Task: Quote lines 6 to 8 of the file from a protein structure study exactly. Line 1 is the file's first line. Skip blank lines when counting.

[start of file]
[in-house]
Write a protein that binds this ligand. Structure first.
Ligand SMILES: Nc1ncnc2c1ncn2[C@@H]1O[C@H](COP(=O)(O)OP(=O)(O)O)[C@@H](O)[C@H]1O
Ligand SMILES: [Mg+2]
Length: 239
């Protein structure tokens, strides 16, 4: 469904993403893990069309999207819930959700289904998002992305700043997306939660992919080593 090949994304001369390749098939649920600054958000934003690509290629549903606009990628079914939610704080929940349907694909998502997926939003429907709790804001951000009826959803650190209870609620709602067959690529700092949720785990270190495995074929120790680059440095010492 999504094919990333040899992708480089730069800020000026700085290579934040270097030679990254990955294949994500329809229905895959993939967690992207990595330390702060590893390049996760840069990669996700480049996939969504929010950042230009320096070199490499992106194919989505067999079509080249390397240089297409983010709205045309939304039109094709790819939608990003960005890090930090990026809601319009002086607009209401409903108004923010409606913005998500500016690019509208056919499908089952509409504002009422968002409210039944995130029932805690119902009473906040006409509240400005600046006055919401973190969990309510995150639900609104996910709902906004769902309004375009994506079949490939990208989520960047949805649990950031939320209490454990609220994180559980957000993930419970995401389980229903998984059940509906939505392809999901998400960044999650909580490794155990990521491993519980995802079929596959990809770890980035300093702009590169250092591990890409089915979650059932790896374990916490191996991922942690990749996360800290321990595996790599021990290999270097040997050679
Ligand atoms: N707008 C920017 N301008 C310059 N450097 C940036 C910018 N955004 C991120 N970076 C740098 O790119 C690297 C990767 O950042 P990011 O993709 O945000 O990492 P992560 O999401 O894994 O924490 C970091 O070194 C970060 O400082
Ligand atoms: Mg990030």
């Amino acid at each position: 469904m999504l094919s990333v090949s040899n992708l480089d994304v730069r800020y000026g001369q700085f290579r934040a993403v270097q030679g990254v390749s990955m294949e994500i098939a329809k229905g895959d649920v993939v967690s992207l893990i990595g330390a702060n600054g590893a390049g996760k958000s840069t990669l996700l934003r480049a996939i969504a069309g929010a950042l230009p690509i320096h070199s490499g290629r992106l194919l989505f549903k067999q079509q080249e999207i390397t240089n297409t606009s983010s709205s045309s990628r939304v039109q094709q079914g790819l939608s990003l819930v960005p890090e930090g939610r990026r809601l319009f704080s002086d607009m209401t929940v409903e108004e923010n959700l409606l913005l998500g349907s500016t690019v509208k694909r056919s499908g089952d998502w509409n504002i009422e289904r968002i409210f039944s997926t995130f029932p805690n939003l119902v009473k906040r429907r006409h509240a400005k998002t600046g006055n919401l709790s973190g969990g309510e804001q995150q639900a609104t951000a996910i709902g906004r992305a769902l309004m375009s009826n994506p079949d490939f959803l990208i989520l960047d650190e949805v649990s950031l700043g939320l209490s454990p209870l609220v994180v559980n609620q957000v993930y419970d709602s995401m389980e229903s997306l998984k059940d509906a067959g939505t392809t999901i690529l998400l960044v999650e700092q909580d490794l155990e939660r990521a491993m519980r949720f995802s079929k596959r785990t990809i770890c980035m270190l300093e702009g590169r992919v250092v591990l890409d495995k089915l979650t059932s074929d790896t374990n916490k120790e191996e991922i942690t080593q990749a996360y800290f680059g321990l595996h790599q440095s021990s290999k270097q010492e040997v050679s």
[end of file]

């Protein structure tokens, strides 16, 4: 469904993403893990069309999207819930959700289904998002992305700043997306939660992919080593 090949994304001369390749098939649920600054958000934003690509290629549903606009990628079914939610704080929940349907694909998502997926939003429907709790804001951000009826959803650190209870609620709602067959690529700092949720785990270190495995074929120790680059440095010492 999504094919990333040899992708480089730069800020000026700085290579934040270097030679990254990955294949994500329809229905895959993939967690992207990595330390702060590893390049996760840069990669996700480049996939969504929010950042230009320096070199490499992106194919989505067999079509080249390397240089297409983010709205045309939304039109094709790819939608990003960005890090930090990026809601319009002086607009209401409903108004923010409606913005998500500016690019509208056919499908089952509409504002009422968002409210039944995130029932805690119902009473906040006409509240400005600046006055919401973190969990309510995150639900609104996910709902906004769902309004375009994506079949490939990208989520960047949805649990950031939320209490454990609220994180559980957000993930419970995401389980229903998984059940509906939505392809999901998400960044999650909580490794155990990521491993519980995802079929596959990809770890980035300093702009590169250092591990890409089915979650059932790896374990916490191996991922942690990749996360800290321990595996790599021990290999270097040997050679
Ligand atoms: N707008 C920017 N301008 C310059 N450097 C940036 C910018 N955004 C991120 N970076 C740098 O790119 C690297 C990767 O950042 P990011 O993709 O945000 O990492 P992560 O999401 O894994 O924490 C970091 O070194 C970060 O400082
Ligand atoms: Mg990030």